Author: Orsat Franković, Ivana Vučić, dizajneri iz Zagreba.
Size: 35,50 x 29,82 mm
Paper: white 102g, gummed
Perforation: 14, comb
Technique: Multicolor Offset Printing
Printed by: "Zrinski" - Čakovec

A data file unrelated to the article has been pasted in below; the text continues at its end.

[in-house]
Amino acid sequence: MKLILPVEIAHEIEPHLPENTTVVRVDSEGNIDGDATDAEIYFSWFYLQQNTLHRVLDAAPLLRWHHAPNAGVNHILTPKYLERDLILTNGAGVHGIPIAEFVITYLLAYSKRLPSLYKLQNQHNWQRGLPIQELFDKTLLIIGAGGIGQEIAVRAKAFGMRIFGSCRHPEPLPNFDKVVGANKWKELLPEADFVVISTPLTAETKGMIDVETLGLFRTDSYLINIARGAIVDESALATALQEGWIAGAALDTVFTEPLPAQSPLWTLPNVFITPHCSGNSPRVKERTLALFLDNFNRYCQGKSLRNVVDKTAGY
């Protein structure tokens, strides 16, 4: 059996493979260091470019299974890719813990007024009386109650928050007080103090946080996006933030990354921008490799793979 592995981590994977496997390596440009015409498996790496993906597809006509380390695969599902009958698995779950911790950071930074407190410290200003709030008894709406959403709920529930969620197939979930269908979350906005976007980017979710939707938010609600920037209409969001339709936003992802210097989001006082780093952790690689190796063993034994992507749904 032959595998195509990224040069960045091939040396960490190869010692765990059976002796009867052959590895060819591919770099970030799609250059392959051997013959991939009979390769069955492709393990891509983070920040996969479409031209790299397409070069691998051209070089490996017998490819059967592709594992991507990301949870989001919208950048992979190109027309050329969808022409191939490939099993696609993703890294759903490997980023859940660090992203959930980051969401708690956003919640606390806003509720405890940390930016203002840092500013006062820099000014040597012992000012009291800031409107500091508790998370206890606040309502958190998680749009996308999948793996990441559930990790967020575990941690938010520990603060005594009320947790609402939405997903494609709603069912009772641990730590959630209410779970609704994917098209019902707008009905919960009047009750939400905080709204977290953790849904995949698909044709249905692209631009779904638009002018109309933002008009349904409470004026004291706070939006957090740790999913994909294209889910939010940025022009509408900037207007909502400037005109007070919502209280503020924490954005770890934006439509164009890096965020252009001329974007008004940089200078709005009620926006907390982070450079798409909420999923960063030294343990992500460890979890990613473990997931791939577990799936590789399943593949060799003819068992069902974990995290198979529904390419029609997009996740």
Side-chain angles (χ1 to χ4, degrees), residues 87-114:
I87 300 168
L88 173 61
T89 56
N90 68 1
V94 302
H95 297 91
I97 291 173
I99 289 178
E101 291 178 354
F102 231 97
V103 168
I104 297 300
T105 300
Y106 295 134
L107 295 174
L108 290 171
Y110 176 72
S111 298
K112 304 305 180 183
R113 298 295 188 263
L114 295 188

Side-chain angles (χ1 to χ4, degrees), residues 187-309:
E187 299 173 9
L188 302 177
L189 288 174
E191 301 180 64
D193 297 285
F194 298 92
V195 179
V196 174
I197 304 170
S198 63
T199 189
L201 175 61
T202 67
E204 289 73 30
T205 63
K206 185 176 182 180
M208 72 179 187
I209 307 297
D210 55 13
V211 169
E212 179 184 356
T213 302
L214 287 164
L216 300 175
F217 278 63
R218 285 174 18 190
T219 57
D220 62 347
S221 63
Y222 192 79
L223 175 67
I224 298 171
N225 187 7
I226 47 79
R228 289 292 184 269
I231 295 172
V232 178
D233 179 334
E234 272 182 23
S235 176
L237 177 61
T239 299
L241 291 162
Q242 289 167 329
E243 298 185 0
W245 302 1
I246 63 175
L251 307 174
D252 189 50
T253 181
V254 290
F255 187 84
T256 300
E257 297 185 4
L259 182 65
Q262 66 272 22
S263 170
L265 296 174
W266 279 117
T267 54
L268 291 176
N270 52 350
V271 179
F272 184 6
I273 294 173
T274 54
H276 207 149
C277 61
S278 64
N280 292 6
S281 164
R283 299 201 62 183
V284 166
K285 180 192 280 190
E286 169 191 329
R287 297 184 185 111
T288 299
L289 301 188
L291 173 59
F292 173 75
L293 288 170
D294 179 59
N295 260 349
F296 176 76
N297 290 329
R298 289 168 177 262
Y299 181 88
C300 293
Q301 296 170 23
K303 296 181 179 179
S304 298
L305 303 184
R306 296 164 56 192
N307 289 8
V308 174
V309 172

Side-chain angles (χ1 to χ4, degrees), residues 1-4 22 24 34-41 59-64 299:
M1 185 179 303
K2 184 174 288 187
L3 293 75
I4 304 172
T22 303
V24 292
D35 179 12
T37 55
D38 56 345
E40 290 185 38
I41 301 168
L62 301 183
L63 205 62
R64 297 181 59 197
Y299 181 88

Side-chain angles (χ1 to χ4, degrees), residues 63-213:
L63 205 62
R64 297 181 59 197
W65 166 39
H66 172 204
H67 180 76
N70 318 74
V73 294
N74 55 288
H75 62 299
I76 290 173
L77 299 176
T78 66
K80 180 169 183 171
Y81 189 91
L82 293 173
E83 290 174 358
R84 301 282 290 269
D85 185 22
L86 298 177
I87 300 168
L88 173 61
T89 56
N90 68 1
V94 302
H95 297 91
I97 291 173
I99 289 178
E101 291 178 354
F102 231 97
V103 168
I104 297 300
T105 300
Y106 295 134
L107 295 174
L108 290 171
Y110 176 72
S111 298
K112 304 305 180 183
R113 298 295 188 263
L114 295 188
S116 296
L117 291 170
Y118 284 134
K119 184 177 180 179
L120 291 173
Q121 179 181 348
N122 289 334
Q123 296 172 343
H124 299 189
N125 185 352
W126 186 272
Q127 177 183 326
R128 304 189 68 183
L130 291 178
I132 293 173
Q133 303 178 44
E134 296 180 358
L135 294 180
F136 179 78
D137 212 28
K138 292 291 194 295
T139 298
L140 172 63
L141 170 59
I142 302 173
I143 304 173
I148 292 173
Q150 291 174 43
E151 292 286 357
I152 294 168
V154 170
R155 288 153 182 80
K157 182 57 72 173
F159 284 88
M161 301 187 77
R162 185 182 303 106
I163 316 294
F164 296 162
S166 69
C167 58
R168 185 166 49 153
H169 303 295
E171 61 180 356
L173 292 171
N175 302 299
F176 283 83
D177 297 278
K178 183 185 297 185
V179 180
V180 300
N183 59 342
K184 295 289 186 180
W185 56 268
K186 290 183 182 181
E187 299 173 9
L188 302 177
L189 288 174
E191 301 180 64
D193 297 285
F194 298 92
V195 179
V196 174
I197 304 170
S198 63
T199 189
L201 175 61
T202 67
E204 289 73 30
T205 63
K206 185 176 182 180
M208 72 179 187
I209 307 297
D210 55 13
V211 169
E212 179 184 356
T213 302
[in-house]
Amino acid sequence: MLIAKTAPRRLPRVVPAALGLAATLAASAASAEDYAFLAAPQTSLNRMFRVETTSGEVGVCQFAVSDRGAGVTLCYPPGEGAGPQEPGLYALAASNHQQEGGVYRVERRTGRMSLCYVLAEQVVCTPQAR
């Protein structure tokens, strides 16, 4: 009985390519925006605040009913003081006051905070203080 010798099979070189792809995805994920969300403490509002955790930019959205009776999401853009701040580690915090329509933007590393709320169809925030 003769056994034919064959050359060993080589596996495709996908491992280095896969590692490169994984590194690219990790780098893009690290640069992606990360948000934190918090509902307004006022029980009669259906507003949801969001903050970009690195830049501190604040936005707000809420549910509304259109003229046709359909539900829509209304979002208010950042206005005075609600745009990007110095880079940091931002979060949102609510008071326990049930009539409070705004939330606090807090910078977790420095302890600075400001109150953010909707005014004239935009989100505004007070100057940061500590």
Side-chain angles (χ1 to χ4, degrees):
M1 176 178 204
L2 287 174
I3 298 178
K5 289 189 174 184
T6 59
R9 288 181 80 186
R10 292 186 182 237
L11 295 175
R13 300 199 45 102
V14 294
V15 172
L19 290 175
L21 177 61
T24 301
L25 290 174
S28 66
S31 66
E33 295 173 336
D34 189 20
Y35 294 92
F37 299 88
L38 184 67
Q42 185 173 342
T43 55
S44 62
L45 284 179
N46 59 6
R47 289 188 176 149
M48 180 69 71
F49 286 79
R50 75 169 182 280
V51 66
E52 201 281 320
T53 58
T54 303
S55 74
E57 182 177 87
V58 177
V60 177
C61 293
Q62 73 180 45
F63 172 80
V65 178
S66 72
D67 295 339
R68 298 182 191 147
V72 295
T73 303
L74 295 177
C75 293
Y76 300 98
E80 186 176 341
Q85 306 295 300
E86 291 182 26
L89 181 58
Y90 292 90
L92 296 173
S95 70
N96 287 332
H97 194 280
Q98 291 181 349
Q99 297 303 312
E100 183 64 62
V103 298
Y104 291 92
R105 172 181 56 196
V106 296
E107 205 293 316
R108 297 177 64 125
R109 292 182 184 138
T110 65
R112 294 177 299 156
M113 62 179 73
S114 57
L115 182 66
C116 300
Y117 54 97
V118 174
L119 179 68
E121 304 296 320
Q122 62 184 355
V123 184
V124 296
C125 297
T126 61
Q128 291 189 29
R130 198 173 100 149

A sketch on bread and wine If we were to make up a most inadequate list of wines and bread, every conversation covering such a small space would remain a mere catchword, If, on the other hand, we were to emphasize their deeper hidden meanings, in various parts of the world, in different civilizations, religions or simply in human history, the task would turn out to be impossible. In this case, along with a brilliant erudition one would almost need an encyclopaedia! The entry ‘bread’ in the lexicon states the following: “known from times immemorial as the well-known fundamental food of many peoples, made by baking dough from cereal flour and water, with the addition of leaven and salt”. In the same lexicon the entry on wine states “wine is a drink made by alcoholic fermentation of unfermented grape-juice. According to colour wines can be divided into white, rosé and red.” This is the most basic division in the framework of which there is a profusion and uncountable number of classifications and meanings to be found. Bread and wine are the two most important things in man’s life. The culture of cultivating cereal crops and the making of wine has grown from the needs of everyday life to cult and mystery. This is why bread and wine can be called victuals but also symbols full of mystical and symbolic meanings. Their spiritual communion is the foundation of the Eucharist, i.e. the sacrament of the sacrifice of the Lord’s body and blood. This is the reason that both bread and wine used to be divided, particularly in the Middle Ages, into the sacral and profane. If bread should be taken as the symbol of Jesus Christ’s body and his sacrifice, a loaf of bread is the attribute of Saint Dominic (with a snake it is also the attribute of Saint Benedict, while small loaves are symbols of Mary of Egypt, etc.). One should not completely disregard the fact that a dog took a loaf of bread to Saint Rock into the wilderness where God’s gift, the manna, fell from heaven. According to the Hebraic tradition leavened bread is a sin, and unleavened bread is used as ritual bread. Bread “must be baked from wheat flour and that means body, while wine as blood means the soul” (C.G.Jung, Psychology of Alchemy, p.320). Where would the story of bread and wine take us? Only the listing of their sorts, their tastes or colours, ways of their preparation and ingredients would endanger any effort that seeks to preserve and stay within the anticipated frame. It is the basic food both of the rich and the poor that puts the wealth and poverty on the same level and actually gives certain precedence to the poor. How come? While the poor feed on dark, brown, simpler and poorer but to all appearances wholesome bread, the rich eat “blindingly white” and presumably unwholesome bread. Enjoyment of food, particularly wine, recognizes moderation but also exaggeration, real bacchanalia and feasts where temperance and common sense were not highly appreciated. “Only no water” says an inscription on a Dionysian temple (1). This is supported by Jesus’ first miracle in Cana in Galilee but also the “sober intoxicating quality of wine” referred to by Saint Augustine. The Old Testament sages considered wine to be a liar. The Hebrews used to offer it to their enemies, there are some who sing praise to it (the Greeks), others consider it a mortal temptation, others yet think it is the “mirror of the soul” (Alcheius). Those who, since time immemorial, consider it to be the friend of truth actually sow the seeds of the later Latin proverb In vino veritas – or in a simpler, more sincere translation this means ‘what to say when drunk is what you think when sober’. Drinking wine according to this proverb means pave the way to sincerity and veracity. There is an underlying thought that sober persons worry too much about what they say, applying tactics, expressing themselves diplomatically and carefully (so you do not know what they think), while persons who have had a glass or two of wine are an open book. This sincerity is at its best the consequence of good wine. Along with good wine goes veracity, while after having imbibed bad wine one can only lie or talk incoherently. This is best expressed by Béla Hamvas who recognizes hybrid grapes as those from which you can only make reeking wine made by the devil himself. According to Hamvas it is the “drink of puritans, pious persons, spinsters, bachelors, predatory persons, misers, envious persons and mean bastards”. Differentiating between religious and atheist grapes, Hamvas mentions that “the devil envied the Lord’s art of making wine and decided to make wine himself”. There is an entire oenologist collection of newspapers and journals and library, symbolism and metaphors about bread, and particularly about wine. The book Philosophy of wine (Ceres, Zagreb 1993) is possibly the best book about wine (and bread), a small, concise catechism of the culture of drinking (how to drink, when, with whom, before or after which meal to drink, etc.), not as an instruction and catalogue of suggestions and expertise, but as a sign of corporeal and spiritual health. This work of a wise man and connoisseur also found a place for the social categorization of wine. So, for instance, he quotes wines for gala dances, engagements, weddings, ... for all the life’s events and awkward situations, the wine from Somlos is the “loners’ wine”, while the one from Kiskörös “suffers no loneliness”. Drink or victual? For Hamvas, wine likes to accompany fish which is “the wine’s best side dish”. The dilemma is a false one. For a clever person wine is food and a way to reach into one’s own soul. A clever person drinks in order to find oneself; an intemperate person drinks to lose oneself. (1) Dionysus is the son of Zeus and Semele, the Greek god of intoxication, vine and enjoyment, the friend and muse, a symbol of insobriety and unrestricted love. There are many festivals held in his honour, like the Dionysia, but also orgies and drunken feasts.